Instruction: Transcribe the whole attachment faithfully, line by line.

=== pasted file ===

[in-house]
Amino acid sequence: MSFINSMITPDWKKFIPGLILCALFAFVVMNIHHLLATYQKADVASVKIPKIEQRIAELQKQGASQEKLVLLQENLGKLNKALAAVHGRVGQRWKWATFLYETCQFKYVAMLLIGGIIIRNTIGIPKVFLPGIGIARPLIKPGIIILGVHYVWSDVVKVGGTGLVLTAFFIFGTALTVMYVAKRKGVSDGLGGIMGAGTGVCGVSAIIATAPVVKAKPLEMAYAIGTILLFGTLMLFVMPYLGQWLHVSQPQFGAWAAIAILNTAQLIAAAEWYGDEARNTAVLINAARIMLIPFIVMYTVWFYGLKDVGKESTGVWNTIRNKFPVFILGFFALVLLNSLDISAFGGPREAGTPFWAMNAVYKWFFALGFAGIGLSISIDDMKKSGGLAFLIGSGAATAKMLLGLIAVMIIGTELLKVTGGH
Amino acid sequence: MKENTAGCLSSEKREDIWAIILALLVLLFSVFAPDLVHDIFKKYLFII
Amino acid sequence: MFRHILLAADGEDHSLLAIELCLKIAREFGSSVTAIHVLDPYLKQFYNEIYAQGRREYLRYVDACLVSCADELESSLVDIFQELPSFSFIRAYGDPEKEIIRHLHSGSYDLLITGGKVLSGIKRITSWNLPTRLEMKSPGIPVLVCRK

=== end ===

[in-house]
Amino acid sequence: MSFINSMITPDWKKFIPGLILCALFAFVVMNIHHLLATYQKADVASVKIPKIEQRIAELQKQGASQEKLVLLQENLGKLNKALAAVHGRVGQRWKWATFLYETCQFKYVAMLLIGGIIIRNTIGIPKVFLPGIGIARPLIKPGIIILGVHYVWSDVVKVGGTGLVLTAFFIFGTALTVMYVAKRKGVSDGLGGIMGAGTGVCGVSAIIATAPVVKAKPLEMAYAIGTILLFGTLMLFVMPYLGQWLHVSQPQFGAWAAIAILNTAQLIAAAEWYGDEARNTAVLINAARIMLIPFIVMYTVWFYGLKDVGKESTGVWNTIRNKFPVFILGFFALVLLNSLDISAFGGPREAGTPFWAMNAVYKWFFALGFAGIGLSISIDDMKKSGGLAFLIGSGAATAKMLLGLIAVMIIGTELLKVTGGH
Amino acid sequence: MKENTAGCLSSEKREDIWAIILALLVLLFSVFAPDLVHDIFKKYLFII
Amino acid sequence: MFRHILLAADGEDHSLLAIELCLKIAREFGSSVTAIHVLDPYLKQFYNEIYAQGRREYLRYVDACLVSCADELESSLVDIFQELPSFSFIRAYGDPEKEIIRHLHSGSYDLLITGGKVLSGIKRITSWNLPTRLEMKSPGIPVLVCRK